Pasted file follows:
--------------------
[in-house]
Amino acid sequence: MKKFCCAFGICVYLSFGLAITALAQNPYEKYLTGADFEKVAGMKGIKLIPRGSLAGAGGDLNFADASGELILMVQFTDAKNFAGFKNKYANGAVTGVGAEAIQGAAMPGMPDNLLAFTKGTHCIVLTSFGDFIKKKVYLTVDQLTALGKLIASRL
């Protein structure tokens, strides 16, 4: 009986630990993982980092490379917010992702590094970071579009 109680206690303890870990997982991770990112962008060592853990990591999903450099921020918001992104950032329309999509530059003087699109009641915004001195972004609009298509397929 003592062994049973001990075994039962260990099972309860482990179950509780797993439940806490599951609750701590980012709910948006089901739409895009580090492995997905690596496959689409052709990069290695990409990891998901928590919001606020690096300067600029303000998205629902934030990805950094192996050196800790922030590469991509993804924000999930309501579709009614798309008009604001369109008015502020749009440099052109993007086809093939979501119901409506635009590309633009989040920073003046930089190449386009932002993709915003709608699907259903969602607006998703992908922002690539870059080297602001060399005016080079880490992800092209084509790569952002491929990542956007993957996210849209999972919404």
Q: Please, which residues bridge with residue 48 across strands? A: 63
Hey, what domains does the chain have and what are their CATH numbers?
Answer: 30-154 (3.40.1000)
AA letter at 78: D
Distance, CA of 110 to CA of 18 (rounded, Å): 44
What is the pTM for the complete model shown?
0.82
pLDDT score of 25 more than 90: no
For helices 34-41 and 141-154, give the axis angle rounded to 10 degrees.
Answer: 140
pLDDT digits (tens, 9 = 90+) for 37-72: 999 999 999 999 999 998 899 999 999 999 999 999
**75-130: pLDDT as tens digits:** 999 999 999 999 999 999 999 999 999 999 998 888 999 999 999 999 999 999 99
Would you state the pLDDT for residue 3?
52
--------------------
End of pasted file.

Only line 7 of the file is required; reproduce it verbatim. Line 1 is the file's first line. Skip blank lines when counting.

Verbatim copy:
AA letter at 78: D